Changes in the transcription of selected genes in fish can be used as indicators of the sublethal impact of metals. In this study, head kidney cells of Sparus aurata (Gilthead sea bream) were exposed to copper in vitro to evaluate steroidogenic and immune functions by measuring changes in gene transcription of steroidogenic acute regulatory protein (StAR) and in cytokines, respectively. Cortisol was measured in the incubation medium. As a preliminary step, a cell viability experiment set LC50-1h for copper at 3.55 mM. After incubating the head kidney cells for 1 h with 0.001 or 0.1 mM of copper, the previous parameters were assessed. Exposure to the highest copper concentration caused an upregulation of StAR gene transcription, whereas the Cortisol levels in the incubation medium remained unaltered. Copper also caused changes in immune related genes, as the expression of interleukin-lß and transforming growth factor-ß1 was increased at 0.001 and 0.1 mM of copper, respectively. On the other hand, both copper concentrations induced a decrease in the transcription of interleukin-6. These results reveal an altered immune function, giving new insights onto the mechanisms involved. © by PSP.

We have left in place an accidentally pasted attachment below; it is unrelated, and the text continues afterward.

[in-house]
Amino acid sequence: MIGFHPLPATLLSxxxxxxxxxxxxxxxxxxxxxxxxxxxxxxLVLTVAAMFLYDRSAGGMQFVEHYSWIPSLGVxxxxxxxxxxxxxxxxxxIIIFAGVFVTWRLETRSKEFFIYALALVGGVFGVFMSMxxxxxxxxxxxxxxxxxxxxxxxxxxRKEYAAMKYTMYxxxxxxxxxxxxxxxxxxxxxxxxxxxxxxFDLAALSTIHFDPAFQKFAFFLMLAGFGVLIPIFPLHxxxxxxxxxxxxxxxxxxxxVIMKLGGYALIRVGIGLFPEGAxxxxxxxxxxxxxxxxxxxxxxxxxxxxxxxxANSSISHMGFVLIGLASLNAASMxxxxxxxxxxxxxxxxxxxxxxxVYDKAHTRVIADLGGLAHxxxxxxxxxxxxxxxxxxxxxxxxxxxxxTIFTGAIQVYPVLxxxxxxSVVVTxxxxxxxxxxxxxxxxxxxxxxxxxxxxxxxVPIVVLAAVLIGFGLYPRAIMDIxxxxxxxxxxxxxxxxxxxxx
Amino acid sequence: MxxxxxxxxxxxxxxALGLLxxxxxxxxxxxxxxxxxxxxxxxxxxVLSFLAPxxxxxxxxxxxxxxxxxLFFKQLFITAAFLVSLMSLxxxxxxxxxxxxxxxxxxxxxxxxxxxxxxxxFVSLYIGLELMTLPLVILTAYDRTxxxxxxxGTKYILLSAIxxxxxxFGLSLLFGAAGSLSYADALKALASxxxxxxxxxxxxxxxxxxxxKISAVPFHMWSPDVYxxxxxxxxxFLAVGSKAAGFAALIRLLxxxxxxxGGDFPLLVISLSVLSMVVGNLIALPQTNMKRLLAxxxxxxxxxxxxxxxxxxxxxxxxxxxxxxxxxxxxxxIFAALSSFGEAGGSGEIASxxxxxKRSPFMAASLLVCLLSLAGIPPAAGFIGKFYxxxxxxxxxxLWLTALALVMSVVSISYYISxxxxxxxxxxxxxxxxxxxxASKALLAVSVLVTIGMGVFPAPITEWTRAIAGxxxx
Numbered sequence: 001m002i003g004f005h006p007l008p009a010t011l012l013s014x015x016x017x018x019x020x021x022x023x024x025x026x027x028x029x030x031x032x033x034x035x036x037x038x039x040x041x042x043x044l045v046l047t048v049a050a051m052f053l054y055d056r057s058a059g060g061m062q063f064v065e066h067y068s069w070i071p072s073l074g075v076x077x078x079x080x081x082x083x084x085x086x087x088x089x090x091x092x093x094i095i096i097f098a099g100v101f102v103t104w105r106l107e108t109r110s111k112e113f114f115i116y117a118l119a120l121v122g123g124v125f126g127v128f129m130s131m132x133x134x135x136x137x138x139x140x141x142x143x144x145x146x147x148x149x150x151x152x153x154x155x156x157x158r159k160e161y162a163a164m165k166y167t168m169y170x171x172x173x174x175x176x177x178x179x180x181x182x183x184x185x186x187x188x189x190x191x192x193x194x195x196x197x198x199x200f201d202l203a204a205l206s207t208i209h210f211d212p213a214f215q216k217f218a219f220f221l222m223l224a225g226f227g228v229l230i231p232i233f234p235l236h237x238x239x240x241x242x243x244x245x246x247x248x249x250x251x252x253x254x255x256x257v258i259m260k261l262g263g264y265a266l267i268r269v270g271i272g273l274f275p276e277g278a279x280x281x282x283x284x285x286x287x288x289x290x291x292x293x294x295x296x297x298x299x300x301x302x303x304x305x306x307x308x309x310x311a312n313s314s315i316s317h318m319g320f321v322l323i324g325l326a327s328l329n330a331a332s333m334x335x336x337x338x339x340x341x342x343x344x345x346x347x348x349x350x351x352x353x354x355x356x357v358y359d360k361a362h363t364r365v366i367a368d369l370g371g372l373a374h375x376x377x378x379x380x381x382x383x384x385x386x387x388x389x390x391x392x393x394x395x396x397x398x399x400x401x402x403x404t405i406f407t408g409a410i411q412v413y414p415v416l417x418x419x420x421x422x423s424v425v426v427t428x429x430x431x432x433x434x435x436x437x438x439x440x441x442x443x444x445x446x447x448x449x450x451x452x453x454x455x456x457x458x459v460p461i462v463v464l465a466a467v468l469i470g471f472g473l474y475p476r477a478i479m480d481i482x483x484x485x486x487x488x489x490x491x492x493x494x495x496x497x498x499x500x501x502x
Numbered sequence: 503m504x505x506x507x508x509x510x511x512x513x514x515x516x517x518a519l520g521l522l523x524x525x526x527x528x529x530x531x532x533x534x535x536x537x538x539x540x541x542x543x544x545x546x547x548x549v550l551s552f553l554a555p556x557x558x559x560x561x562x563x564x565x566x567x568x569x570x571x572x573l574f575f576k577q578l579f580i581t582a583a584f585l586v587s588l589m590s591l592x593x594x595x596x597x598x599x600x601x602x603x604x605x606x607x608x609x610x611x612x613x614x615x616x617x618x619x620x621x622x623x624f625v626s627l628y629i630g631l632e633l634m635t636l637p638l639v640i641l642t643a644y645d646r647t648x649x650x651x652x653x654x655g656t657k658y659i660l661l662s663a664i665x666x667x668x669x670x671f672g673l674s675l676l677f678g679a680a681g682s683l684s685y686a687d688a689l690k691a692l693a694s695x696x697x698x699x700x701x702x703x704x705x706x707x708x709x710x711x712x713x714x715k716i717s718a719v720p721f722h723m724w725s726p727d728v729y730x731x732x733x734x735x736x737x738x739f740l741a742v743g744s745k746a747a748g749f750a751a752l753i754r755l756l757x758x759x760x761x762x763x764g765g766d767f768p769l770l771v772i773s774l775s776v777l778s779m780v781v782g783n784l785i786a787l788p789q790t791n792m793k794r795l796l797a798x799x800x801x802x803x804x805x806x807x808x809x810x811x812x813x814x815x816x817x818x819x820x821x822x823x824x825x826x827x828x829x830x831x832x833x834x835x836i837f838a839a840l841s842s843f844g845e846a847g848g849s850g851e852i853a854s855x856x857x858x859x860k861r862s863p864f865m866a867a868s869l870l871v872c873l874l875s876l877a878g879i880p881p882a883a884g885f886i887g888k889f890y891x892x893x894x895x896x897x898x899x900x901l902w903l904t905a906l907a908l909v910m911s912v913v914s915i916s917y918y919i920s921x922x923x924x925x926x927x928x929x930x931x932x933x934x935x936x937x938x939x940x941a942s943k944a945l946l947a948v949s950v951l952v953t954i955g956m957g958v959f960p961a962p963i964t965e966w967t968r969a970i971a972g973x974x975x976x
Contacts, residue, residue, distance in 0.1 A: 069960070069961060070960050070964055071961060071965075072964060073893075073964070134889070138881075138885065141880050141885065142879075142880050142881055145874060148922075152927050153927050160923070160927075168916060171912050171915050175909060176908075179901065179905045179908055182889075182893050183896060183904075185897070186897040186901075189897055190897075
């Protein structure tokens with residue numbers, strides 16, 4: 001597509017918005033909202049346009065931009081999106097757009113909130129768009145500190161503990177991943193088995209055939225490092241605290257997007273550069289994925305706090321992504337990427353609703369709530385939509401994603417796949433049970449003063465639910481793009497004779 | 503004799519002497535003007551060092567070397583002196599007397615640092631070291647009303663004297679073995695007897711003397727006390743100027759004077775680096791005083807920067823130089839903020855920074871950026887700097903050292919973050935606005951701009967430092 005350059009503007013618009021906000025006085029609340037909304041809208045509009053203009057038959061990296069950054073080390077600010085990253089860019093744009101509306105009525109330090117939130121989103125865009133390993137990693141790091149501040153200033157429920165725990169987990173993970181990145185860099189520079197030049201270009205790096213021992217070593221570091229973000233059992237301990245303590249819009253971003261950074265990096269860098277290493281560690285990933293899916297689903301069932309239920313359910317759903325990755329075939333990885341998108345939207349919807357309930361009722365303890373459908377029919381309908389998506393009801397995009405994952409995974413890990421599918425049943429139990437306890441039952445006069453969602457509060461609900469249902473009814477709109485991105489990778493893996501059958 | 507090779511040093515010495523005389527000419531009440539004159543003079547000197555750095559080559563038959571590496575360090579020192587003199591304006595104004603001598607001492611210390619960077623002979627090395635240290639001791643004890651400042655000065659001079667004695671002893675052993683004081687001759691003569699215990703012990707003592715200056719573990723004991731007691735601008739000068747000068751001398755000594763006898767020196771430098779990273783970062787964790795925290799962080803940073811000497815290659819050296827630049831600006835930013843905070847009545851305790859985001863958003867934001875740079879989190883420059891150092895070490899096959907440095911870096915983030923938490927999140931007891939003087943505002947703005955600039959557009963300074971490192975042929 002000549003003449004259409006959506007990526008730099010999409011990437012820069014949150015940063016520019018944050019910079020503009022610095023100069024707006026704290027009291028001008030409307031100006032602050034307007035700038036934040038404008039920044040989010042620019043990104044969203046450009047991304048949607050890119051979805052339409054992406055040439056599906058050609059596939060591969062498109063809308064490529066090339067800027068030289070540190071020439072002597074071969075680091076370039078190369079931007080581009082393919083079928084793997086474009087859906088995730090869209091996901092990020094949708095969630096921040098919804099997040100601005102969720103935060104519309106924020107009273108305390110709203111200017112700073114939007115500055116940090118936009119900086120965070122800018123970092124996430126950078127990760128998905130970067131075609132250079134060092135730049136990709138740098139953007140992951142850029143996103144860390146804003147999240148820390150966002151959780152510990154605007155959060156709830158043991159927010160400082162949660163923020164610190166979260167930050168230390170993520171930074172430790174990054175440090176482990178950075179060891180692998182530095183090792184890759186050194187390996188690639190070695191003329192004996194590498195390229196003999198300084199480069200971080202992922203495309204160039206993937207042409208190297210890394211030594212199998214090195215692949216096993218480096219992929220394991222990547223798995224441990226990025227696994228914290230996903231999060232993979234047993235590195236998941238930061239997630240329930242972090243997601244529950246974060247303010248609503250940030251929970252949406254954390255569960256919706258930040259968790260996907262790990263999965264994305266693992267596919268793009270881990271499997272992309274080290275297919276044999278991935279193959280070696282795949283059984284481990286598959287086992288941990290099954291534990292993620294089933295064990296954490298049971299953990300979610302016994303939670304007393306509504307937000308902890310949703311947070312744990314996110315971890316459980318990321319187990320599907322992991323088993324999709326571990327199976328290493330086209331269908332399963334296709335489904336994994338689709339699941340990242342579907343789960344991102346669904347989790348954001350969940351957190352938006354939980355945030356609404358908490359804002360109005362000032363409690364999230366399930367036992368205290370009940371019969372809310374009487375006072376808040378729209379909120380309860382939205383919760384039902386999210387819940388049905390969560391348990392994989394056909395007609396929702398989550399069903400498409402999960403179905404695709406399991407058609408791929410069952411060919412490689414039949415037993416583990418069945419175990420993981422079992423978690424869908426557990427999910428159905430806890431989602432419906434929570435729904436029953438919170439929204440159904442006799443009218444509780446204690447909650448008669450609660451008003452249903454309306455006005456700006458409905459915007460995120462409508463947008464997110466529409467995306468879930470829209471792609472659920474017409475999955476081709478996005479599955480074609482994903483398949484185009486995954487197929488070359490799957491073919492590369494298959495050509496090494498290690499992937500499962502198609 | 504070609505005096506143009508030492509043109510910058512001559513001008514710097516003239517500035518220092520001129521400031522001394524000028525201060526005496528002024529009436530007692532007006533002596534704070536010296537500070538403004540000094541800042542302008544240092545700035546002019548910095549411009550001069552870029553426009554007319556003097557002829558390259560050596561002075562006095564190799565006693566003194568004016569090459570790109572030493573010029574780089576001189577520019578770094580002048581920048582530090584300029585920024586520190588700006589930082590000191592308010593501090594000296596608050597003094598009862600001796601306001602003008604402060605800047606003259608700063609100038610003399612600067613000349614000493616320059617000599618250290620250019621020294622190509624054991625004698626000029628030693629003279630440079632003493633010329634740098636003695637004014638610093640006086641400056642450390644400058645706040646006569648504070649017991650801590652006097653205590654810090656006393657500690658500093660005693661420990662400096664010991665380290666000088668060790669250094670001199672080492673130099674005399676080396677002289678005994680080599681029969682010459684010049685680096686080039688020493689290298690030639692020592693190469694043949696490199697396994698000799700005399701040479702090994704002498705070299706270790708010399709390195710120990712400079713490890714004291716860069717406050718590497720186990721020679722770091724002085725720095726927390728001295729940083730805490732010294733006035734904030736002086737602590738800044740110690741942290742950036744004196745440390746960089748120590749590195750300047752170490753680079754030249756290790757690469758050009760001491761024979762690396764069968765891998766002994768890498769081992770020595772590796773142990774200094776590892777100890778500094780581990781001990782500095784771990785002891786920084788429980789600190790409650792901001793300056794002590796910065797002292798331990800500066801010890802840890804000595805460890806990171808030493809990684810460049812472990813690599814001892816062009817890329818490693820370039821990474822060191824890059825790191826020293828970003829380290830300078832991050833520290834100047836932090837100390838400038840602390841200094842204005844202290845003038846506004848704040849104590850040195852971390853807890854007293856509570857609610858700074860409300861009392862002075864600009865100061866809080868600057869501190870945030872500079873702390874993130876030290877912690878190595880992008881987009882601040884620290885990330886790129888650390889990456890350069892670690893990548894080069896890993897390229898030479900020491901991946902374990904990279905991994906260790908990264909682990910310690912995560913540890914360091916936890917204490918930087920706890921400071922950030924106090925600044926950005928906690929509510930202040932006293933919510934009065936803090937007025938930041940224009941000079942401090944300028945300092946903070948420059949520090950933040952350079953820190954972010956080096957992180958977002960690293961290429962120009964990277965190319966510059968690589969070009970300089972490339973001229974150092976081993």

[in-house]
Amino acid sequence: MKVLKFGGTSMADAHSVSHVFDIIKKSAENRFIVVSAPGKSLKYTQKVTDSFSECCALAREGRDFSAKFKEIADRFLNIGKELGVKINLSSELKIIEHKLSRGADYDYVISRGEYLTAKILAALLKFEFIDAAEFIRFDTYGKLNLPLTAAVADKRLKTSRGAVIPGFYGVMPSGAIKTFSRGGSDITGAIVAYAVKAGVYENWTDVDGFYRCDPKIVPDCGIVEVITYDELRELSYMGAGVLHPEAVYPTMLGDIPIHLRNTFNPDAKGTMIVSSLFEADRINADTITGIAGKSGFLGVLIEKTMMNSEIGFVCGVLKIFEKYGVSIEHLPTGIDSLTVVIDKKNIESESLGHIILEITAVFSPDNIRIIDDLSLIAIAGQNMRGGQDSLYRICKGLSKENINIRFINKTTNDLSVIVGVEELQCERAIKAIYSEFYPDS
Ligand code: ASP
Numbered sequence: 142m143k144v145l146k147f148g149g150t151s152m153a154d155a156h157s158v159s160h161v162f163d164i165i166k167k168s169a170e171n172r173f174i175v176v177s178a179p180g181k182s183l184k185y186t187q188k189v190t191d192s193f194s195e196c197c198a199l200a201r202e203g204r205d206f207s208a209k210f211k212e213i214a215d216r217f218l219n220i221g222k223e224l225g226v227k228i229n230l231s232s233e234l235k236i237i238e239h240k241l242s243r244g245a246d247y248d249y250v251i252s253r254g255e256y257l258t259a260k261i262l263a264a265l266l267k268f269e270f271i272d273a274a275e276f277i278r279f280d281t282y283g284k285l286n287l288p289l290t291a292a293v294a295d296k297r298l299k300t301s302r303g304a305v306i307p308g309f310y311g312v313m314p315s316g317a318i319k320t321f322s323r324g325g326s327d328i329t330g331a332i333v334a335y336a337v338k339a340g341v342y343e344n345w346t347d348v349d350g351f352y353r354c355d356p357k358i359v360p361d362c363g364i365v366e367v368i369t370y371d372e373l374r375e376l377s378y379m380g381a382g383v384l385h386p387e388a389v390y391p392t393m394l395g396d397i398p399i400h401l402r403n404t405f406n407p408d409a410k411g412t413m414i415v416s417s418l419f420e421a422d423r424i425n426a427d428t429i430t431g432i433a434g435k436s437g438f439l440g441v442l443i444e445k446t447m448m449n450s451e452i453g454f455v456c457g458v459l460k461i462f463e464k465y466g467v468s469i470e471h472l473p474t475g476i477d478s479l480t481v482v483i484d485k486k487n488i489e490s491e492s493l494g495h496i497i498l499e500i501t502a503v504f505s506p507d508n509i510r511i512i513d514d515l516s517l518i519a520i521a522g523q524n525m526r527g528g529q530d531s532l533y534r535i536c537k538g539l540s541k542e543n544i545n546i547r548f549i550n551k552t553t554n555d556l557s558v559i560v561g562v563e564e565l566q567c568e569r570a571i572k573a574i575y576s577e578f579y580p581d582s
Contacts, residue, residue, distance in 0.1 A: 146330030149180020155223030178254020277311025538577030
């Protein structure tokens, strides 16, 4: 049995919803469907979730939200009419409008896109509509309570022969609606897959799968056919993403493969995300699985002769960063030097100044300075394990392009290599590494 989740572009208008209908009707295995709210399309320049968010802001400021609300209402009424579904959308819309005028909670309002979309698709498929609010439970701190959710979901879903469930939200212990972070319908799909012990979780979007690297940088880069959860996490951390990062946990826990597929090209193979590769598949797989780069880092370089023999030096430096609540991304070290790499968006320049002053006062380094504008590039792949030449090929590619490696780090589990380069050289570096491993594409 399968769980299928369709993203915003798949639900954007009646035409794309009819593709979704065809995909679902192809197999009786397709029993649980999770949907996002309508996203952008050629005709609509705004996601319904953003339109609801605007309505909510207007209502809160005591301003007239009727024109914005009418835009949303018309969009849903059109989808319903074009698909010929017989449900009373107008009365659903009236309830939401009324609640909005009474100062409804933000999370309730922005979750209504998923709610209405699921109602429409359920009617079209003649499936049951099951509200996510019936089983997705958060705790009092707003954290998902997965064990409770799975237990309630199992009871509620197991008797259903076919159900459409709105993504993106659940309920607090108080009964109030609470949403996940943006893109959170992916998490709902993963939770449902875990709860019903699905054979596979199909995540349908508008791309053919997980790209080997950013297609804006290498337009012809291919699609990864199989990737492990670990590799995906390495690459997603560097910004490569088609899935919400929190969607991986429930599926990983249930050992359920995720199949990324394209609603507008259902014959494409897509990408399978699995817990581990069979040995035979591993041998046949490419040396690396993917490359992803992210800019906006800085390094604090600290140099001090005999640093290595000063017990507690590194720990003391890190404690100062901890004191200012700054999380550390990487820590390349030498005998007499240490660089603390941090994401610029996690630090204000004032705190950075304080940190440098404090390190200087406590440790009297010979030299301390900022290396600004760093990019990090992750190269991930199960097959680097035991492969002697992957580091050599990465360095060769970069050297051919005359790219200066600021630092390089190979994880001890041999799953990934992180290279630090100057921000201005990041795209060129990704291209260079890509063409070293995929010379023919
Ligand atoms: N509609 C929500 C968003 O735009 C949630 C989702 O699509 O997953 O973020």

|Journal||Fresenius Environmental Bulletin|
|Publication status||Published - 5 Apr 2013|
- Head kidney
- Sparus aurata
- Steroidogenic and immune function